DeKALB – As the DeKalb park commissioners contemplate the future of the aging Hopkins Pool, they now have a deadline for their work: 2015.
That’s when the DeKalb Park District has to submit to the state a plan to make the pool comply with the Americans with Disabilities Act, said Lisa Small, the assistant director of finance and administration.
“If we have a pool upgrade plan in place with a timeline, they won’t come in here and shut us down in March 2015,” Small said. “If we said we’re addressing these with our new pool and our time is beyond that, they will acknowledge you’re addressing it.”
Small’s comments came during a two-hour workshop meeting of the DeKalb park board Thursday. It was a workshop meeting, so public comment was not allowed and no official action was taken. Commissioners Mike Teboda and Don Irving were not present.
The meeting was a public conversation between the park commissioners, district administrators, and park district staffers who work to keep the park district facilities operational. The various officials shared their ideas – and their worries – about replacing the 39-year-old Hopkins Pool.
The ideas are focused on three different options for the pool: repair, start over or collaborate with nearby Sycamore. Park staff noted that parts of the pool still are in good shape, such as the concrete bowl holding the water. But they don’t know the condition of all the pipes that lead into the pool.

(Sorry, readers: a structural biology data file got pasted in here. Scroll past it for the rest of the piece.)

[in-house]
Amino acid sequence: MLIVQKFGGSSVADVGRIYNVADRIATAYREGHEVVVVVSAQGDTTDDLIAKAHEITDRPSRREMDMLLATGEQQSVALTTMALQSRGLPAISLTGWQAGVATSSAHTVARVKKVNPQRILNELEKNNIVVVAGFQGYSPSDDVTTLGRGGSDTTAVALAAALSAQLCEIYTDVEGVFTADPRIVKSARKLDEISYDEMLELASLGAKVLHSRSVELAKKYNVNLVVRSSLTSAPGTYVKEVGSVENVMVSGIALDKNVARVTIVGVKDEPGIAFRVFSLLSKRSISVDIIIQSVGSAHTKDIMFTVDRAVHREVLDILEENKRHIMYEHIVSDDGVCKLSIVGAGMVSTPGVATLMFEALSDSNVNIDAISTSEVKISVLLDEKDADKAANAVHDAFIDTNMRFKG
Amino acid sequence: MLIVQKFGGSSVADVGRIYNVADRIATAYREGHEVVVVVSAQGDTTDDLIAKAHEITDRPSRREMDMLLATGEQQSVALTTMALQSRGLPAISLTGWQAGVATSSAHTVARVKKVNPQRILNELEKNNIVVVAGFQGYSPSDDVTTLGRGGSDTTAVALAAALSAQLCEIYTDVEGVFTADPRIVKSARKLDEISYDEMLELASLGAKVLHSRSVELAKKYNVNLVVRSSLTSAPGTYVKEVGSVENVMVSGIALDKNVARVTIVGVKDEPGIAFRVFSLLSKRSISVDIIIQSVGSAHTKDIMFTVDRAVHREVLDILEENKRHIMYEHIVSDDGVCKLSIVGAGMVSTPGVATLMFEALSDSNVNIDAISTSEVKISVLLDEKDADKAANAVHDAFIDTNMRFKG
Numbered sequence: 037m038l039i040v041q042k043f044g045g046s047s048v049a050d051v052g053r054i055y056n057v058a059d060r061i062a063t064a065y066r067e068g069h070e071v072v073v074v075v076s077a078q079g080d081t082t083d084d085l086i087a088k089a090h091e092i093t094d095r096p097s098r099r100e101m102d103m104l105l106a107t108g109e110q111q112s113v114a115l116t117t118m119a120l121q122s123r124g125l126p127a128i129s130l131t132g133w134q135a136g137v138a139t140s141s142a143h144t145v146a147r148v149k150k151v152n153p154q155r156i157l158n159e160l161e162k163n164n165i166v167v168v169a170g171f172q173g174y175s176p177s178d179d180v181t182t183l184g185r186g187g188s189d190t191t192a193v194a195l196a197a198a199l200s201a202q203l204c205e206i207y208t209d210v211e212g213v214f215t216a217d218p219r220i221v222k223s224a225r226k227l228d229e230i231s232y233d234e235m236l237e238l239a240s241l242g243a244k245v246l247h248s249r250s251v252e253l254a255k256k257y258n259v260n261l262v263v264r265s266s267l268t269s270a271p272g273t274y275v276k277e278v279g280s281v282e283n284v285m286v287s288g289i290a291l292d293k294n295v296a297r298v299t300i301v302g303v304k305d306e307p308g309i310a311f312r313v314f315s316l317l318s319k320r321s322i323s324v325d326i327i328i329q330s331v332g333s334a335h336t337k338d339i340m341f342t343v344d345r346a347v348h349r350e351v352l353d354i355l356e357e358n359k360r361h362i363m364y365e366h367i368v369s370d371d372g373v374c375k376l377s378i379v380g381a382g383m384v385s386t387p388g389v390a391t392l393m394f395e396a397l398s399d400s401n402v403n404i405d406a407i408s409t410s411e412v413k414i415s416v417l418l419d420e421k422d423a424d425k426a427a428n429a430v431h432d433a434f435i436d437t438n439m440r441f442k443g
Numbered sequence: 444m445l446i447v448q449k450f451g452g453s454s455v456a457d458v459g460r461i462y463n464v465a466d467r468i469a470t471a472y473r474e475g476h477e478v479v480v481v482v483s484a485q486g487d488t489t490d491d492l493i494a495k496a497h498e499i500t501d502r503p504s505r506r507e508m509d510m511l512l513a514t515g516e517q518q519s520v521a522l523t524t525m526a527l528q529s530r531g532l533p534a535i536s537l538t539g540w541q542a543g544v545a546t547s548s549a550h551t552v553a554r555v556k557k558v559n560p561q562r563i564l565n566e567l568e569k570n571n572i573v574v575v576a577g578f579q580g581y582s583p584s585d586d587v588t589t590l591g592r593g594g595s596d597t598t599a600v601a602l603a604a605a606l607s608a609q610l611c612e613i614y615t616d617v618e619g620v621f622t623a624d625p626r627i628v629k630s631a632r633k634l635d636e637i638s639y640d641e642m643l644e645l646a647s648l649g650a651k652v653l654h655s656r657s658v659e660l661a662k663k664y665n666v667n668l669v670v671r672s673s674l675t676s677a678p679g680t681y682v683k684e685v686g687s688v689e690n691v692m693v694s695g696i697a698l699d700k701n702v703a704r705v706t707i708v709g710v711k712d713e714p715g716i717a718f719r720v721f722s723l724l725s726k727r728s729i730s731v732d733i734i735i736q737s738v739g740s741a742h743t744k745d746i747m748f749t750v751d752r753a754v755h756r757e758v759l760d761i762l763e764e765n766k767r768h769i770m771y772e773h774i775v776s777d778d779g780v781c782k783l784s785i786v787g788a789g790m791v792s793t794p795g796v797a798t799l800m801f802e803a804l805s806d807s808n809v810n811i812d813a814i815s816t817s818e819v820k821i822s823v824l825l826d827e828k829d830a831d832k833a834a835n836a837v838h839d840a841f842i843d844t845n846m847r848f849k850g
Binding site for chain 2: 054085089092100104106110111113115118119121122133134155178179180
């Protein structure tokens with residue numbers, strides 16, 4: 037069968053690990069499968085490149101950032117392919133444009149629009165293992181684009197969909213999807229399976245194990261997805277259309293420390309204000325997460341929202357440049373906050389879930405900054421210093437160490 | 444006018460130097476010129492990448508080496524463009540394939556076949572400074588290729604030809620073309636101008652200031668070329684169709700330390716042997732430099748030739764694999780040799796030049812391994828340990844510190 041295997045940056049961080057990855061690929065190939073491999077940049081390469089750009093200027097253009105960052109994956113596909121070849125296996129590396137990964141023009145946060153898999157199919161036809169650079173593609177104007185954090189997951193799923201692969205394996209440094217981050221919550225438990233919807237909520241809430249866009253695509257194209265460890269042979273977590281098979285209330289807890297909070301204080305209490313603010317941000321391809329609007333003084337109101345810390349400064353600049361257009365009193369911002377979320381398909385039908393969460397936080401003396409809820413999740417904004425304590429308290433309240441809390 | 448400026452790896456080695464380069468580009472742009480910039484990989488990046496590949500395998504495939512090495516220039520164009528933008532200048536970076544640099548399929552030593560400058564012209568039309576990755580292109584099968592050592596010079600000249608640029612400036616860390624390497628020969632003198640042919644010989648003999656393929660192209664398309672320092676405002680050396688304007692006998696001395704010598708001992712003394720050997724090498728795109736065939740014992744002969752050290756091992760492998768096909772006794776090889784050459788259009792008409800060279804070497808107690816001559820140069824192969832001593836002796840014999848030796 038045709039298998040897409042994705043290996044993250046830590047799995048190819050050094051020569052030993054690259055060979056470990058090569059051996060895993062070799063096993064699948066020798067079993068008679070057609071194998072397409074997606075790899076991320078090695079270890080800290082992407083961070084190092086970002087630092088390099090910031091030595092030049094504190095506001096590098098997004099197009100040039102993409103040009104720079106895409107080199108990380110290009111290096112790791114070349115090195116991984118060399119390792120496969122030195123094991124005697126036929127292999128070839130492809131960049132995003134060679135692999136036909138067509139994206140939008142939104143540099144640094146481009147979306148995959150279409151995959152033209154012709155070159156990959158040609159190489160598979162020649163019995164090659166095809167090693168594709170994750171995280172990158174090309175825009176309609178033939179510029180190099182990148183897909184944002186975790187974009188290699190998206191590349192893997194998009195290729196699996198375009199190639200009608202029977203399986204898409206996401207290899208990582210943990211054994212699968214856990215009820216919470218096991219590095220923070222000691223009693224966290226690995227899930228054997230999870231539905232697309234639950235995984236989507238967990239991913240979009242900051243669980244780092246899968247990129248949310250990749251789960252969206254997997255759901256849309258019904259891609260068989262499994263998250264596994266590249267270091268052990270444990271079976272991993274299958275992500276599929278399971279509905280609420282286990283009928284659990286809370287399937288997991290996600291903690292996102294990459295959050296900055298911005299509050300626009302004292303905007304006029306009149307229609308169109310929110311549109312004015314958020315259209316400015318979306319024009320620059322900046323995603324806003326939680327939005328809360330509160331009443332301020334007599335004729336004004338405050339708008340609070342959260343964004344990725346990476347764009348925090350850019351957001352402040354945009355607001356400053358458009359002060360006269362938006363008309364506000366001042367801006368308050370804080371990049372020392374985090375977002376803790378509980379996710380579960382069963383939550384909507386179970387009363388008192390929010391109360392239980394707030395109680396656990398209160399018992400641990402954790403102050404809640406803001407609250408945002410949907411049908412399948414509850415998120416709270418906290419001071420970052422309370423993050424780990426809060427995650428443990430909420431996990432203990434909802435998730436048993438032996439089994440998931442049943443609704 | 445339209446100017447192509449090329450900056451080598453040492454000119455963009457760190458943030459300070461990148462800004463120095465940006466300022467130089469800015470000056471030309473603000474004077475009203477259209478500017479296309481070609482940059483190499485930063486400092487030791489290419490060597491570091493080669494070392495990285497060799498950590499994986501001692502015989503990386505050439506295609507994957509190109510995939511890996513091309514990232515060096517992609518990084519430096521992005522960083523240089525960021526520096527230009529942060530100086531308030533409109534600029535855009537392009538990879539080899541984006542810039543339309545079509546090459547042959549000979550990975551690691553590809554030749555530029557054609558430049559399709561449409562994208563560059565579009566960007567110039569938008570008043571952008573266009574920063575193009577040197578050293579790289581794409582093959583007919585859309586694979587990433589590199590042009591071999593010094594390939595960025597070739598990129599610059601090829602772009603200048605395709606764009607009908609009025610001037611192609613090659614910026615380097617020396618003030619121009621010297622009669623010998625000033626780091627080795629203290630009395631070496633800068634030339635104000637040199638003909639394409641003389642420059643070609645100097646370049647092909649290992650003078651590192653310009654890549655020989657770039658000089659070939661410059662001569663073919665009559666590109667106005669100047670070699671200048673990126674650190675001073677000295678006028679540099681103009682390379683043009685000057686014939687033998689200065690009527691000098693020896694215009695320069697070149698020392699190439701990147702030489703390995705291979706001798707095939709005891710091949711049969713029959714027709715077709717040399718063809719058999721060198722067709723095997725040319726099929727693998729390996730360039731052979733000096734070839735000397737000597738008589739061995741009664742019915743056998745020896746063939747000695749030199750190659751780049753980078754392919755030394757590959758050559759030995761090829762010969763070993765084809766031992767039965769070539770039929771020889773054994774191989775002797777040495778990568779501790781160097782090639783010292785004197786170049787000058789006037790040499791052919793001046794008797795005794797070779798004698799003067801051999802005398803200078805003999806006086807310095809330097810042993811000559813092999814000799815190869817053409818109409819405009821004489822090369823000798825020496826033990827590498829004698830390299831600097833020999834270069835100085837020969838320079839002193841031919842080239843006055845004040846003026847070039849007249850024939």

And there’s concern about how much renovation the DeKalb Park District can do on a pool that is out-of-date.
“Sometimes, when you get involved with an improvement project, if the percentage of the project is up to a certain size, then you have to revert to recent [building] code,” said Brad Garrison, assistant director of planning and development.
The commissioners also discussed the possibility of building a new pool in a new location. DeKalb Kiwanis Park, located along South Fourth Street near Huntley Middle School, and Katz Park, located along West Dresser Road near DeKalb High School, were floated as alternate sites.
And then there was the issue of cost.
The previous park board was considering borrowing $5 million to pay for pool renovations.
However, park board President Phil Young said the cost to replace Hopkins Pool with a quality pool would be more expensive than that.
“I’m sure, if we wanted to, we could build a pool for $5 million, but it won’t serve the needs of the community,” Young said in an interview.
During the meeting, Young said he was uncomfortable with borrowing more money when the park district still is paying off its Sports and Recreation Center. Those bonds will not be paid off until 2019.
“If you’re doubling that [debt service] amount or even more – a yearly amount – and then there’s some emergency problem in the district, how are you going to pay for it?” Young said. “Do you have to do an emergency referendum? Do you have to cut services? At the same time, we don’t want to see the pool break down tomorrow and not have a pool for two-plus years.”
The board was scheduled to talk about collaborating with Sycamore Park District on a pool, but commissioners ran out of time to discuss it.